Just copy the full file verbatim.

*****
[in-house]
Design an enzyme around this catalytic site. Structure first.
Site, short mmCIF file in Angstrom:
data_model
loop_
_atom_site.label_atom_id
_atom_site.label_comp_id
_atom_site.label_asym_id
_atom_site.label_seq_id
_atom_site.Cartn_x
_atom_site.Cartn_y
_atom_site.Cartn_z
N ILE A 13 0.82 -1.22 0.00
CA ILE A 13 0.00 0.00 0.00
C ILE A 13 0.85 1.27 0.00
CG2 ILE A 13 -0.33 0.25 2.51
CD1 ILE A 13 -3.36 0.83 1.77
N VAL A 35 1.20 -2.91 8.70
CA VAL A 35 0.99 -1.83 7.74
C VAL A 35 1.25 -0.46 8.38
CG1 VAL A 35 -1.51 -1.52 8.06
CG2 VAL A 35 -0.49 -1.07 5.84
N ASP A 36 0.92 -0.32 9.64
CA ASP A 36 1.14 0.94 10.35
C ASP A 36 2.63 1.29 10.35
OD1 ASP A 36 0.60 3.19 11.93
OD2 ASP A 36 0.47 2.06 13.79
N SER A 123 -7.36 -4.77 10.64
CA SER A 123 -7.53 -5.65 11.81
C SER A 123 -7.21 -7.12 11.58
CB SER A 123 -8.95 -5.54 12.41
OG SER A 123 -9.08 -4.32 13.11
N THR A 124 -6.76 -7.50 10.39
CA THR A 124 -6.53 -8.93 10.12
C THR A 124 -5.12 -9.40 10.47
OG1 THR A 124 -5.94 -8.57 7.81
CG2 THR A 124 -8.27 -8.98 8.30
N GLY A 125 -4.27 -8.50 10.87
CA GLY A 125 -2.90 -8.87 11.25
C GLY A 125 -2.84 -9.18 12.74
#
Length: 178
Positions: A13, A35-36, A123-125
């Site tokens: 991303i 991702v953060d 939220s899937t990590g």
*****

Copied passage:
[in-house]
Design an enzyme around this catalytic site. Structure first.
Site, short mmCIF file in Angstrom:
data_model
loop_
_atom_site.label_atom_id
_atom_site.label_comp_id
_atom_site.label_asym_id
_atom_site.label_seq_id
_atom_site.Cartn_x
_atom_site.Cartn_y
_atom_site.Cartn_z
N ILE A 13 0.82 -1.22 0.00
CA ILE A 13 0.00 0.00 0.00
C ILE A 13 0.85 1.27 0.00
CG2 ILE A 13 -0.33 0.25 2.51
CD1 ILE A 13 -3.36 0.83 1.77
N VAL A 35 1.20 -2.91 8.70
CA VAL A 35 0.99 -1.83 7.74
C VAL A 35 1.25 -0.46 8.38
CG1 VAL A 35 -1.51 -1.52 8.06
CG2 VAL A 35 -0.49 -1.07 5.84
N ASP A 36 0.92 -0.32 9.64
CA ASP A 36 1.14 0.94 10.35
C ASP A 36 2.63 1.29 10.35
OD1 ASP A 36 0.60 3.19 11.93
OD2 ASP A 36 0.47 2.06 13.79
N SER A 123 -7.36 -4.77 10.64
CA SER A 123 -7.53 -5.65 11.81
C SER A 123 -7.21 -7.12 11.58
CB SER A 123 -8.95 -5.54 12.41
OG SER A 123 -9.08 -4.32 13.11
N THR A 124 -6.76 -7.50 10.39
CA THR A 124 -6.53 -8.93 10.12
C THR A 124 -5.12 -9.40 10.47
OG1 THR A 124 -5.94 -8.57 7.81
CG2 THR A 124 -8.27 -8.98 8.30
N GLY A 125 -4.27 -8.50 10.87
CA GLY A 125 -2.90 -8.87 11.25
C GLY A 125 -2.84 -9.18 12.74
#
Length: 178
Positions: A13, A35-36, A123-125
């Site tokens: 991303i 991702v953060d 939220s899937t990590g």